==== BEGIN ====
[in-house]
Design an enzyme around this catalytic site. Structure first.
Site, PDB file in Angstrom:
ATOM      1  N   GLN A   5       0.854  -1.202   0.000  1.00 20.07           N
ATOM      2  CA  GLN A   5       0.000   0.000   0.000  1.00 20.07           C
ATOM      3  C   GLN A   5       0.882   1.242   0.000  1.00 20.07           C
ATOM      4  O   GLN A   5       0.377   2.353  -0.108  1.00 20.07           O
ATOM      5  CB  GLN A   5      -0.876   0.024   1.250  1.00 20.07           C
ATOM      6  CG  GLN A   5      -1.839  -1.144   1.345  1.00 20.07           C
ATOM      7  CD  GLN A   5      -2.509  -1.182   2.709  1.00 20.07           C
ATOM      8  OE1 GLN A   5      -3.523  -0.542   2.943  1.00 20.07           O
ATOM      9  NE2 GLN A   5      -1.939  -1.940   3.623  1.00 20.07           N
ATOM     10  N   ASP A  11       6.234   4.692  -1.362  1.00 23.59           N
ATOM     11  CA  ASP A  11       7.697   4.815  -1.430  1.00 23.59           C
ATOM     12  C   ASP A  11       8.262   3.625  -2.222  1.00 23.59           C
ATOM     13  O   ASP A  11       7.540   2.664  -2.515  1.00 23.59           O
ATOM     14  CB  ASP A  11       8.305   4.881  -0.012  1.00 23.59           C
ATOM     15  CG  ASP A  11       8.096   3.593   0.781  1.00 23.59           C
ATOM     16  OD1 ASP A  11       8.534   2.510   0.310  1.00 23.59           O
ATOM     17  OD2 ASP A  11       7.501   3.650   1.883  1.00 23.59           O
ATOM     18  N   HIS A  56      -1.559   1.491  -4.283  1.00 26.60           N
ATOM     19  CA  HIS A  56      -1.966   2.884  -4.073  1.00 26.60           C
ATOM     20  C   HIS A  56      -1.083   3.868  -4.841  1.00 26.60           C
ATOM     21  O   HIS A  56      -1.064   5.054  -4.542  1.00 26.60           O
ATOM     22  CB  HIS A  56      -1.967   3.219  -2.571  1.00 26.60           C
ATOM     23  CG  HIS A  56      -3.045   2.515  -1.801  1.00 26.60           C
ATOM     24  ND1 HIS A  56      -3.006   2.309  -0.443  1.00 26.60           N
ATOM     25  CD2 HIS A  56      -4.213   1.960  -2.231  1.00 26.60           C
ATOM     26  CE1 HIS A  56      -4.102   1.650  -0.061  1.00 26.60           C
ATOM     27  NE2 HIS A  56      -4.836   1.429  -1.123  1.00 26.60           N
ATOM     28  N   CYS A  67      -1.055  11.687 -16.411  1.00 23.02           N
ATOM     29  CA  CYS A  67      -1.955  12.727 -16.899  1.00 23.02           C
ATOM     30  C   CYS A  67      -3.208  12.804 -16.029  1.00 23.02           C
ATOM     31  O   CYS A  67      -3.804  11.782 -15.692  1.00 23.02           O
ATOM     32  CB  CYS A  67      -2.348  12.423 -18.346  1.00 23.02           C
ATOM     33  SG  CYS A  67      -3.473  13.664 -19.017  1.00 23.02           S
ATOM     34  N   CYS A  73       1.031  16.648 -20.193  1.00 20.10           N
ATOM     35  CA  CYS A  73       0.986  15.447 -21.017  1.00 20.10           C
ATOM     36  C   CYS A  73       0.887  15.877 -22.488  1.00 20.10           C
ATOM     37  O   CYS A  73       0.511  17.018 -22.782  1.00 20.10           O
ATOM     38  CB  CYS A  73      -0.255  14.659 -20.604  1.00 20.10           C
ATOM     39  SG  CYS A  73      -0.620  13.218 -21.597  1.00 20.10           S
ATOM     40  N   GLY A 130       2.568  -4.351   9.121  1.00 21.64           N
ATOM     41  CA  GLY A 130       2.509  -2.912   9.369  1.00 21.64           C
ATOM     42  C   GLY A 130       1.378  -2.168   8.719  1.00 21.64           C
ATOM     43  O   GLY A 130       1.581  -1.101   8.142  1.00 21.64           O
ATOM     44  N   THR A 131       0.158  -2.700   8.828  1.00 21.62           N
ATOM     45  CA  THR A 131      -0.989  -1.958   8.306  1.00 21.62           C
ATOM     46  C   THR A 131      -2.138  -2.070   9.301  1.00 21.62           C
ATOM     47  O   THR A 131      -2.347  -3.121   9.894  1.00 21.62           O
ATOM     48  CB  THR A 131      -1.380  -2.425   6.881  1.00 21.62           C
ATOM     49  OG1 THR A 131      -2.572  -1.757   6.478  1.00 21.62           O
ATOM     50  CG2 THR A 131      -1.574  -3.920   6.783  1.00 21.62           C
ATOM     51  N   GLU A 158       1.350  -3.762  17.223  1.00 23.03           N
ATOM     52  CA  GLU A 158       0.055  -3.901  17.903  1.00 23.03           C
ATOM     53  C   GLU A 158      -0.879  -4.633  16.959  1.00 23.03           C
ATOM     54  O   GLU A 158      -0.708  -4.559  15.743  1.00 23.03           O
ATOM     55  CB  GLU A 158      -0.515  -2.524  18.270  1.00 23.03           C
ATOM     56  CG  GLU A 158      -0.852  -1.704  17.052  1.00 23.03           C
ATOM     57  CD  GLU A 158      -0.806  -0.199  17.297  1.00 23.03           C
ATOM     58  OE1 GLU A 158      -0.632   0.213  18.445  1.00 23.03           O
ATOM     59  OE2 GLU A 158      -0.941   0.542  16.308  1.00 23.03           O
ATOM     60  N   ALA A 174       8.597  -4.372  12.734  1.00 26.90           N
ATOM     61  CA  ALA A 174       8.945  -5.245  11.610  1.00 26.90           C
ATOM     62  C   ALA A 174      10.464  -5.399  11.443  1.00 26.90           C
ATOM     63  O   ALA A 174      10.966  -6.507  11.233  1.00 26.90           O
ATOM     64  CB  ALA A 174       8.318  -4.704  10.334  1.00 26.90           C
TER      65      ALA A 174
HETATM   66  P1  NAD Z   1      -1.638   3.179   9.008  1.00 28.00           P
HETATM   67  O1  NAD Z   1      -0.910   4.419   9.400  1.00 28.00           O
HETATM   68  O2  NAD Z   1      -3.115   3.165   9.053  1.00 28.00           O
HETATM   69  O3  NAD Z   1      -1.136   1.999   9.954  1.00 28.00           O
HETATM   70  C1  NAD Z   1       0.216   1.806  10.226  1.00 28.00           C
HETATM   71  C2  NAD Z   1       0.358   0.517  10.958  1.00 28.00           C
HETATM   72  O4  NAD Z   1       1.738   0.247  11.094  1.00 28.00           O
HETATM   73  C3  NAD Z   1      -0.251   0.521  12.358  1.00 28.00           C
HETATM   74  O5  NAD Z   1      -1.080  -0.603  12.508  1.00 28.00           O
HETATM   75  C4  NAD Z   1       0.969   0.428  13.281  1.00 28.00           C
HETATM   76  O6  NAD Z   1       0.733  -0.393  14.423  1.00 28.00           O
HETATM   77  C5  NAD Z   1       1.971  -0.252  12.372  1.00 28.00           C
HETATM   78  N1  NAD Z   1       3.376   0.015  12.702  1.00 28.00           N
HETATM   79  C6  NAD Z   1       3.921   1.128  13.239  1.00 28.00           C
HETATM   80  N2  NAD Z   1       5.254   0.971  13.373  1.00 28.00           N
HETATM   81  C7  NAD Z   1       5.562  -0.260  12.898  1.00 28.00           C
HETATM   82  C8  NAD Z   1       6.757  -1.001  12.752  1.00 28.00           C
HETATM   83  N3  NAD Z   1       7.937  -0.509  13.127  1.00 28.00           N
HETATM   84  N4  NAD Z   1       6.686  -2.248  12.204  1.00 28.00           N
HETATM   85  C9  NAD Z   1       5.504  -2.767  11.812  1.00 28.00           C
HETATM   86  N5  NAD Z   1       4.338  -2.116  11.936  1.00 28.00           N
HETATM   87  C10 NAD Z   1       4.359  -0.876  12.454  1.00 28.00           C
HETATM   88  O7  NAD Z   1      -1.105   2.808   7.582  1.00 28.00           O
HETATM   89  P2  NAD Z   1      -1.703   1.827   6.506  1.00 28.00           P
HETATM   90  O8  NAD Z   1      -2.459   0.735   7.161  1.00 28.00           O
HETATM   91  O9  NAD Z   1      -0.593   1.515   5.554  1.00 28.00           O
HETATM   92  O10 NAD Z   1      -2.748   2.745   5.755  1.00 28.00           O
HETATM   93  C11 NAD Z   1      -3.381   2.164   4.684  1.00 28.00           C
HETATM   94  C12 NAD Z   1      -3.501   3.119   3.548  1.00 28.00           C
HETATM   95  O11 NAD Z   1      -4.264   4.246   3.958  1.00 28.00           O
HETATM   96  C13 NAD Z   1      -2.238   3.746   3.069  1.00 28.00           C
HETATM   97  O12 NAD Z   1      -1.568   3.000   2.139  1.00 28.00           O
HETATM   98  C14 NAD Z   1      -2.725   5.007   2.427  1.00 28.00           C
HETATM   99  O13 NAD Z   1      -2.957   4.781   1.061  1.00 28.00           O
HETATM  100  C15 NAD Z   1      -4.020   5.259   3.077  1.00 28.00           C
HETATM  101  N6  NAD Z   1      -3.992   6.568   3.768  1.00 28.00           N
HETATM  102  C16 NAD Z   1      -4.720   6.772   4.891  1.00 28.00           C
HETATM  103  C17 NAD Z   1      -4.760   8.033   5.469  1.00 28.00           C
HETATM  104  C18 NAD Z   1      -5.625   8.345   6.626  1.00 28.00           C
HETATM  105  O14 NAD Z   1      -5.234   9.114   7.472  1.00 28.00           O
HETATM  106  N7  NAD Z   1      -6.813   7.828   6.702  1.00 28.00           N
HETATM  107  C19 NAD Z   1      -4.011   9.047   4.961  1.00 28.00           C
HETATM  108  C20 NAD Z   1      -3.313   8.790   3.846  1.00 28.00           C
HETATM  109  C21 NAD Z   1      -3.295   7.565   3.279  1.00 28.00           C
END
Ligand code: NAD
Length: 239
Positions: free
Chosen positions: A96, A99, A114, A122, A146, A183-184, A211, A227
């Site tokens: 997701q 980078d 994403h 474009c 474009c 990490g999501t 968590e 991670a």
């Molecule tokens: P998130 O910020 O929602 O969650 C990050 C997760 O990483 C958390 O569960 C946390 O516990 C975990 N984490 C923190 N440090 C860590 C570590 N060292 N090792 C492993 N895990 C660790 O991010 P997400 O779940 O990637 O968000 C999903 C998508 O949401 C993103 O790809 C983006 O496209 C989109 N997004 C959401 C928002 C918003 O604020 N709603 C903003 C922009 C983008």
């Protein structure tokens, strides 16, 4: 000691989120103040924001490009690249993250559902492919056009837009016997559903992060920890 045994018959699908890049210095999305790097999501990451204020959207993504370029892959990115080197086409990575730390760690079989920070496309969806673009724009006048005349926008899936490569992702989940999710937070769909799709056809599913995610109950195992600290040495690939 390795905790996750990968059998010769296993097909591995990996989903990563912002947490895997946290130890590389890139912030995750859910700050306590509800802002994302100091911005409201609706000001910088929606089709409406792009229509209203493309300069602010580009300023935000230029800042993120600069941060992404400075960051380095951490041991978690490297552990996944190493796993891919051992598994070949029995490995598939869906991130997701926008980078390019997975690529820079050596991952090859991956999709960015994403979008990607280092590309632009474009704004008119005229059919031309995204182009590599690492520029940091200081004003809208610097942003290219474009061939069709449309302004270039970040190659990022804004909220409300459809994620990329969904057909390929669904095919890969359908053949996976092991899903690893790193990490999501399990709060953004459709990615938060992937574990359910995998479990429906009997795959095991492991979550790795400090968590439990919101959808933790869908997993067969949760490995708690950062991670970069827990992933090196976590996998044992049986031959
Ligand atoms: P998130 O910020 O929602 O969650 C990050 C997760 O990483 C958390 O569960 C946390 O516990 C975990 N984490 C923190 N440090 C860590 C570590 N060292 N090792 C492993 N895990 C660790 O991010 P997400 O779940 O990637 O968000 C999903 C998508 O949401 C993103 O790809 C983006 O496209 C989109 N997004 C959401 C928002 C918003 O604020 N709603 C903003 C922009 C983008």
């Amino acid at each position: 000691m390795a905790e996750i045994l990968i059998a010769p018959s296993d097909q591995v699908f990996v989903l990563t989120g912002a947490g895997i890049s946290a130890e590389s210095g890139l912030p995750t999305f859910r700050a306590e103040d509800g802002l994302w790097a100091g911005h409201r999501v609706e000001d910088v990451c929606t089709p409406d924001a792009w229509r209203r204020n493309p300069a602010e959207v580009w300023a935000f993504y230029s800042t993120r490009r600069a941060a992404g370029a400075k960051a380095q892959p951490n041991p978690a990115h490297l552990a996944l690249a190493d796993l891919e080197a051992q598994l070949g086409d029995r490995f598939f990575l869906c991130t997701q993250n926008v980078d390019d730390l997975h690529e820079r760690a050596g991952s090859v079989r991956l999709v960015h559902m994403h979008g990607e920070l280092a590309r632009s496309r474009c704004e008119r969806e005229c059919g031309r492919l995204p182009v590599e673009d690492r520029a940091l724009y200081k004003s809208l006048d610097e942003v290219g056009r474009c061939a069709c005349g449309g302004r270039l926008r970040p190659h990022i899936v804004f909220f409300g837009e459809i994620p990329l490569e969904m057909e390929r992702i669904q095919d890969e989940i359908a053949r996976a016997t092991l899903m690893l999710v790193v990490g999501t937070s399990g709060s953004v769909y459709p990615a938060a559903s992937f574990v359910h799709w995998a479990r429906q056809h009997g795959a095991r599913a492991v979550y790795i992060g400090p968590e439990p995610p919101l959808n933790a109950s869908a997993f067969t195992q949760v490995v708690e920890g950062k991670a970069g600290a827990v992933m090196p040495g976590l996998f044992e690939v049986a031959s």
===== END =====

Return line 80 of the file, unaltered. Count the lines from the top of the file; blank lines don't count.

HETATM   77  C5  NAD Z   1       1.971  -0.252  12.372  1.00 28.00           C